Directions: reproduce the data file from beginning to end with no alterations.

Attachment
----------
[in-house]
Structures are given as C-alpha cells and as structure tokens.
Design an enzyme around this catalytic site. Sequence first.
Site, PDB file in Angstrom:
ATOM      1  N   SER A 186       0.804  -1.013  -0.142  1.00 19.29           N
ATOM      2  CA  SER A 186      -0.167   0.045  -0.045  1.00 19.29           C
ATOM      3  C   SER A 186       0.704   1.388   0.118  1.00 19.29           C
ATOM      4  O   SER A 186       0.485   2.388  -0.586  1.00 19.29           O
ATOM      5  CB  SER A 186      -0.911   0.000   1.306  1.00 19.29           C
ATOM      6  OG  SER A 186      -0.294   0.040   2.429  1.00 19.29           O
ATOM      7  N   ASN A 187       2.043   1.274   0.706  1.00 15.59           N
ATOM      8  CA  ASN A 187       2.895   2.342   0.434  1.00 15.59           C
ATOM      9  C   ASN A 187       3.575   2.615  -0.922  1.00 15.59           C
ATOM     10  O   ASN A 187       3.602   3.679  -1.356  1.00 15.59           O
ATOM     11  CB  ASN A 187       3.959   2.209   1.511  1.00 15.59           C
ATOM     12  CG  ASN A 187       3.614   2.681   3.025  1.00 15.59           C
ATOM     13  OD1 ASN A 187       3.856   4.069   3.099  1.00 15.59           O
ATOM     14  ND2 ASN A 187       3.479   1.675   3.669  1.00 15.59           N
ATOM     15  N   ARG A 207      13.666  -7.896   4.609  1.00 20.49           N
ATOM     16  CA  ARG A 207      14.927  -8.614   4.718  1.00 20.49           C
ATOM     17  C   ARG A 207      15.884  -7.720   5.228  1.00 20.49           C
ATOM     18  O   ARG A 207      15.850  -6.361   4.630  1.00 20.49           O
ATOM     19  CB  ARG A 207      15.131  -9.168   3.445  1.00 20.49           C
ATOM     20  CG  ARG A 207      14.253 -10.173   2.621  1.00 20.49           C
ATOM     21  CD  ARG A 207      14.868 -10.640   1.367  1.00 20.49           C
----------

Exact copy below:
[in-house]
Structures are given as C-alpha cells and as structure tokens.
Design an enzyme around this catalytic site. Sequence first.
Site, PDB file in Angstrom:
ATOM      1  N   SER A 186       0.804  -1.013  -0.142  1.00 19.29           N
ATOM      2  CA  SER A 186      -0.167   0.045  -0.045  1.00 19.29           C
ATOM      3  C   SER A 186       0.704   1.388   0.118  1.00 19.29           C
ATOM      4  O   SER A 186       0.485   2.388  -0.586  1.00 19.29           O
ATOM      5  CB  SER A 186      -0.911   0.000   1.306  1.00 19.29           C
ATOM      6  OG  SER A 186      -0.294   0.040   2.429  1.00 19.29           O
ATOM      7  N   ASN A 187       2.043   1.274   0.706  1.00 15.59           N
ATOM      8  CA  ASN A 187       2.895   2.342   0.434  1.00 15.59           C
ATOM      9  C   ASN A 187       3.575   2.615  -0.922  1.00 15.59           C
ATOM     10  O   ASN A 187       3.602   3.679  -1.356  1.00 15.59           O
ATOM     11  CB  ASN A 187       3.959   2.209   1.511  1.00 15.59           C
ATOM     12  CG  ASN A 187       3.614   2.681   3.025  1.00 15.59           C
ATOM     13  OD1 ASN A 187       3.856   4.069   3.099  1.00 15.59           O
ATOM     14  ND2 ASN A 187       3.479   1.675   3.669  1.00 15.59           N
ATOM     15  N   ARG A 207      13.666  -7.896   4.609  1.00 20.49           N
ATOM     16  CA  ARG A 207      14.927  -8.614   4.718  1.00 20.49           C
ATOM     17  C   ARG A 207      15.884  -7.720   5.228  1.00 20.49           C
ATOM     18  O   ARG A 207      15.850  -6.361   4.630  1.00 20.49           O
ATOM     19  CB  ARG A 207      15.131  -9.168   3.445  1.00 20.49           C
ATOM     20  CG  ARG A 207      14.253 -10.173   2.621  1.00 20.49           C
ATOM     21  CD  ARG A 207      14.868 -10.640   1.367  1.00 20.49           C